IRS Issues Form W-2 Reporting Rules for Deferred Employee Social Security Tax

IRS Issues Form W-2 Reporting Rules for Deferred Employee Social Security Tax

On its website, the IRS has provided special instructions for reporting any deferred amount of employee Social Security tax on the 2020 Form W-2, Wage and Tax Statement [Form W-2 Reporting of Employee Social Security Tax Deferred Under Notice 2020-65, 10/29/2020].

Tax deferral. An executive memorandum issued by President Trump in August authorized the deferral of the employee portion of Social Security tax during the period from September 1 through December 31, 2020. The deferral is to apply to employees whose wages for a bi-weekly payroll period generally equal $4,000 or less on a pre-tax basis or an equivalent amount with respect to other pay periods [Memorandum for the Secretary of the Treasury, Deferring Payroll Tax Obligation in Light of the Ongoing COVID-19 Disaster (8/8/2020)].

Follow-up guidance from the IRS provides that employers, not employees, had the option to defer the employee tax—and the obligation to pay up [Notice 2020-65, 2020-38 I.R.B. (9/14/2020]. Therefore, the notice defers the due date for employers to withhold and deposit the employee share of Social Security tax for September through December 2020. Moreover, the notice provides that the deferred tax is to be withheld and paid from wages paid between January 1 and April 30, 2021. Penalties, interest, and additions to tax will apply beginning May 1, 2021. However, if necessary, the IRS says that the employer can arrange to collect the tax from the employee.

Form W-2 reporting. Employers that exercised the option to defer the employee share of Social Security tax should report the total amount of an employee’s Social Security wages, including any wages for which the employee portion of Social Security tax was deferred, in Box 3 (Social Security wages) and/or Box 7 (Social Security tips) of Form W-2.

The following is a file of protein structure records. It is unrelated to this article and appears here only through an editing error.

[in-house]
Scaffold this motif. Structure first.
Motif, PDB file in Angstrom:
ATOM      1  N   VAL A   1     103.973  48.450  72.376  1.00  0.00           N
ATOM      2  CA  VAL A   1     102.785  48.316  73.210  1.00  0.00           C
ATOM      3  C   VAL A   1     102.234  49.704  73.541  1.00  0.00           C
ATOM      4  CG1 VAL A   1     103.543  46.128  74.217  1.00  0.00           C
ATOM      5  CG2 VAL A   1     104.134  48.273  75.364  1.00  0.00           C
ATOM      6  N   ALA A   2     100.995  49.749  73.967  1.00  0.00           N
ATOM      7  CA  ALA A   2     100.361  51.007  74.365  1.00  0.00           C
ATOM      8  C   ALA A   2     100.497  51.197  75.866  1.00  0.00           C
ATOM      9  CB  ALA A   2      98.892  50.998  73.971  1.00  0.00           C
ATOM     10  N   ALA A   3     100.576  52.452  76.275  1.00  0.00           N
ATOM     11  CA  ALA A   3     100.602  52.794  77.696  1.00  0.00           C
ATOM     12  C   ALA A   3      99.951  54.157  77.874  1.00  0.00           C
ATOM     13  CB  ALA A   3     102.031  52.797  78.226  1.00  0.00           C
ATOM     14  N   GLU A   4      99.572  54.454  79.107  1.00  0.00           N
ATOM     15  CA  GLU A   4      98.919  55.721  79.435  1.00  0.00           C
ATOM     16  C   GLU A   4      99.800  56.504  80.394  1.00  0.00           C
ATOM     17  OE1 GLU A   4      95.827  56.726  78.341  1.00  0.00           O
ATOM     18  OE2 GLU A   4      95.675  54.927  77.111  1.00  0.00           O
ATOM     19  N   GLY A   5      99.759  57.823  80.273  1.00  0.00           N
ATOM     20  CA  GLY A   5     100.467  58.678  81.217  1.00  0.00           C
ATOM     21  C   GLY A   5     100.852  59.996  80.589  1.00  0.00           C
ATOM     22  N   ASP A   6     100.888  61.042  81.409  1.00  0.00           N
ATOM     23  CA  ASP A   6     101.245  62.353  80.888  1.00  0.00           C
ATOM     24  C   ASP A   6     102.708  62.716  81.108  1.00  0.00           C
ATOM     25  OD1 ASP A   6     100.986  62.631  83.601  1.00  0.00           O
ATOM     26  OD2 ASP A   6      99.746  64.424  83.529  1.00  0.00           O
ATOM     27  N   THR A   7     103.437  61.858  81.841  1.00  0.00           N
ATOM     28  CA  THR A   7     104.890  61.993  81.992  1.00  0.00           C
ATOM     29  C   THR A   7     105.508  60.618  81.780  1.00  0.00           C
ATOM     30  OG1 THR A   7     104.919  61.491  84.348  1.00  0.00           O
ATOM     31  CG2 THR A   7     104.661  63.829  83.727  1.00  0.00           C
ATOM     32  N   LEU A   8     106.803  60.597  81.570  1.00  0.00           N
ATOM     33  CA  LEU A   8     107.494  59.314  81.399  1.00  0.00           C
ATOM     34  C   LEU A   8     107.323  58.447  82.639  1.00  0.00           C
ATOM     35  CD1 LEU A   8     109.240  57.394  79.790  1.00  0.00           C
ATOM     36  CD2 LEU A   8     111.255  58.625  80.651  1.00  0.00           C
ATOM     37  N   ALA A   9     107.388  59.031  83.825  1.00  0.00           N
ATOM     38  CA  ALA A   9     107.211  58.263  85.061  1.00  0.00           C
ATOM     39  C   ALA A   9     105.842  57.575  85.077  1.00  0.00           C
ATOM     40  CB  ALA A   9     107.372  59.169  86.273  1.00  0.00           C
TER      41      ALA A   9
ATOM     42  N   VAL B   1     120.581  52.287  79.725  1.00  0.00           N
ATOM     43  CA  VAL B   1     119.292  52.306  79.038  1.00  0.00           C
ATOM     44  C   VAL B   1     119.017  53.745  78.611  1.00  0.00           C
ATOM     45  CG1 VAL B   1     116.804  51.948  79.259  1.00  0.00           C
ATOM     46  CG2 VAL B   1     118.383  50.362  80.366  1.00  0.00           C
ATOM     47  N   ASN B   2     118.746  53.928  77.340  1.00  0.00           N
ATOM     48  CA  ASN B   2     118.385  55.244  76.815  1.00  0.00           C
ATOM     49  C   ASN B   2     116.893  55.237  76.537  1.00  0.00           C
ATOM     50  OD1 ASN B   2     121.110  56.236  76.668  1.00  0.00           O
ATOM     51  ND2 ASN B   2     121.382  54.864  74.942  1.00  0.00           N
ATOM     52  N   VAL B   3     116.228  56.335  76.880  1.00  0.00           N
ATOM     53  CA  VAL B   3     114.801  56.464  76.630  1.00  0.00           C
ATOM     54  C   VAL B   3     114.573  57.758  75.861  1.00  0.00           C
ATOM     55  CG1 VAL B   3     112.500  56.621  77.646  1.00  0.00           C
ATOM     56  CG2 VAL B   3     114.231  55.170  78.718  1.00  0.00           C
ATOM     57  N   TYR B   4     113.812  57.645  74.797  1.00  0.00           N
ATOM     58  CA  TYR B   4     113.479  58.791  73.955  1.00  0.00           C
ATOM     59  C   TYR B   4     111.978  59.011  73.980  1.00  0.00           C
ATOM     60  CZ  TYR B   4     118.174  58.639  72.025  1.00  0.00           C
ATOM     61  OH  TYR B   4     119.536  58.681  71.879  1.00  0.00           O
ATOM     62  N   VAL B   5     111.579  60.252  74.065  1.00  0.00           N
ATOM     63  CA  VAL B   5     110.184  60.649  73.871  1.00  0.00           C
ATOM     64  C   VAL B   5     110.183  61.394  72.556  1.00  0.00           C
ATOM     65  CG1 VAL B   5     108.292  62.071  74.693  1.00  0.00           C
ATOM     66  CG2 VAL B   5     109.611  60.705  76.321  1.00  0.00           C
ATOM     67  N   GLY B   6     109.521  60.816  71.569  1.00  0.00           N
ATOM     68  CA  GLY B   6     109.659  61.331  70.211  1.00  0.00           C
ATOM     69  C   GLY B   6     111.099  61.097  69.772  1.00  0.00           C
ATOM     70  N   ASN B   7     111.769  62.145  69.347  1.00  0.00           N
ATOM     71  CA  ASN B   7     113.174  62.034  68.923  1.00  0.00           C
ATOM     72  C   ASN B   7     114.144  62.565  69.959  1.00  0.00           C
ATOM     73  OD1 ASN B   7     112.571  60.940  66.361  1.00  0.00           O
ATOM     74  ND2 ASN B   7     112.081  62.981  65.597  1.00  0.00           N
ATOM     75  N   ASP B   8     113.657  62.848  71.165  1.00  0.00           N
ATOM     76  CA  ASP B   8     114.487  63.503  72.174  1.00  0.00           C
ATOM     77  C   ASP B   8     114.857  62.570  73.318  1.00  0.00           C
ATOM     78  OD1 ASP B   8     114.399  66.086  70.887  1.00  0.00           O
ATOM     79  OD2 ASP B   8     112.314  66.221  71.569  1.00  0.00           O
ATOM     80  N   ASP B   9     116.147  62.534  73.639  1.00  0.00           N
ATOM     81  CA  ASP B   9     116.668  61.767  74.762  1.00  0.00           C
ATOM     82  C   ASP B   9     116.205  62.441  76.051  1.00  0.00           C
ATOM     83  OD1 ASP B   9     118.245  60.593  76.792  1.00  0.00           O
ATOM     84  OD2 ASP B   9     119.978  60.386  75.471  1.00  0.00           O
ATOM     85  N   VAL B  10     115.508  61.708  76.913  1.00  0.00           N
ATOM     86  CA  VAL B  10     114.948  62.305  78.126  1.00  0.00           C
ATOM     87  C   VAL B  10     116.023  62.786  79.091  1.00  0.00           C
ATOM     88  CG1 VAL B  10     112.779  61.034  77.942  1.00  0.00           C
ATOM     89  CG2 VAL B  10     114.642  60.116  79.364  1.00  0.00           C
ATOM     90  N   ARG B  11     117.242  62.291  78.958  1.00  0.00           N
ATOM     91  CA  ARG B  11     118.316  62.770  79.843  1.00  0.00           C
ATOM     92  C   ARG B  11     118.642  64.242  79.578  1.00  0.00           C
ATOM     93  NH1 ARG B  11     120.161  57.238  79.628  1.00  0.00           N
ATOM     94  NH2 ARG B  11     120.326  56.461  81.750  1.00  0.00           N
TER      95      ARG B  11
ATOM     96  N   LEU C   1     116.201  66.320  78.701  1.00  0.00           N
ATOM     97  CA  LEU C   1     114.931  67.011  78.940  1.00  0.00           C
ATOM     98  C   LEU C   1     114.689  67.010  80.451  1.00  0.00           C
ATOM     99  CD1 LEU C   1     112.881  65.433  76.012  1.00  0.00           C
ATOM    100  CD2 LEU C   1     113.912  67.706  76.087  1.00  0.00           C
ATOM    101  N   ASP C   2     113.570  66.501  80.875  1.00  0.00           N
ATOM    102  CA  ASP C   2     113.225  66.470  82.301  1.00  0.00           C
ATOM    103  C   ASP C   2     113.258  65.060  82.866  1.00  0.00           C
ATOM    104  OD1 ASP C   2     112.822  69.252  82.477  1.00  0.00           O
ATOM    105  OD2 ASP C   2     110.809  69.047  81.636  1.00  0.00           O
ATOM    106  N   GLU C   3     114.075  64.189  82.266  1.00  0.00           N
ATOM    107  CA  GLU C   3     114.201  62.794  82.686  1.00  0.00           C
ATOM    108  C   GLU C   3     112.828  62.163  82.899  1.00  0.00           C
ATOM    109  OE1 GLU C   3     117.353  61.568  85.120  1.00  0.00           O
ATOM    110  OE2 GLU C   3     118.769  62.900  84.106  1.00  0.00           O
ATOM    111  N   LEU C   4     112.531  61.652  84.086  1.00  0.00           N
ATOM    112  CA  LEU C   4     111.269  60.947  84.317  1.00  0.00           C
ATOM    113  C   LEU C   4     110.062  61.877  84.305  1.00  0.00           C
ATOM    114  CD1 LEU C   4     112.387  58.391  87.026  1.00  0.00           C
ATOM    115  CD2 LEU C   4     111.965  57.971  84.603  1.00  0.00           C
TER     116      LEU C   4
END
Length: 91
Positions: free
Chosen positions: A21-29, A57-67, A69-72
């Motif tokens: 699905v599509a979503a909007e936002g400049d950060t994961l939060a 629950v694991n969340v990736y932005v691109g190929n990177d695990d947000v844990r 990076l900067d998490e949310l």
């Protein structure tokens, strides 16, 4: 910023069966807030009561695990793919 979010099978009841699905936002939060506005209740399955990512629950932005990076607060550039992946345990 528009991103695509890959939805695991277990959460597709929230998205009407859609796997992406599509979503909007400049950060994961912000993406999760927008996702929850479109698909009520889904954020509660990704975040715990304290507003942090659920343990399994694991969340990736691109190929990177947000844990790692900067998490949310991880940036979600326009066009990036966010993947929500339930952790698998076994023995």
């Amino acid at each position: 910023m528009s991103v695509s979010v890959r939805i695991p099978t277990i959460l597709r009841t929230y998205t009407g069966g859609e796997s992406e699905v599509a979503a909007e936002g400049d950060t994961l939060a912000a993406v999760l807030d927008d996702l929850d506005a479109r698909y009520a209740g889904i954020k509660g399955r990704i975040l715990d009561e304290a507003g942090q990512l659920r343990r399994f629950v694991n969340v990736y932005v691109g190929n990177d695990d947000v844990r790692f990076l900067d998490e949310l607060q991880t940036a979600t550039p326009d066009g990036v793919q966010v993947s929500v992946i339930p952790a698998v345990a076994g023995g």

However, the employer should not report the deferred employee tax that was not withheld in Box 4 (Social Security tax withheld) of Form W-2. Instead, when the deferred amounts are withheld in 2021, the employer should report the amounts in Box 4 of a Form W-2c, Corrected Wage and Tax Statement, for 2020.

On Form W-2c, the employer should enter tax year 2020 in Box c (Tax year/Form corrected) and adjust the amount previously reported in Box 4 of the original Form W-2 to include the deferred amounts withheld in 2021. Form W-2c must be filed with the Social Security Administration (SSA) and furnished to the employee.

Employee reporting. No action is generally required if the employee had only one employer for 2020. Assuming the only correction on Form W-2c was for the deferred Social Security tax, the employee can file the form and forget it.

If the employee had more than one employer for 2020, the employee should use the corrected amount shown in Box 4 of Form W-2c to determine if the employee had excess Social Security tax withheld on wages for 2020. If the corrected amount on Form W-2c causes the total amount withheld by all employers to exceed the maximum employee tax of $8,537.40 for 2020, the employee should claim an individual income tax credit for the excess Social Security tax. Assuming that the employee has already filed a return for 2020, the credit can be claimed by filing a Form 1040-X, Amended U.S. Individual Income Tax Return.

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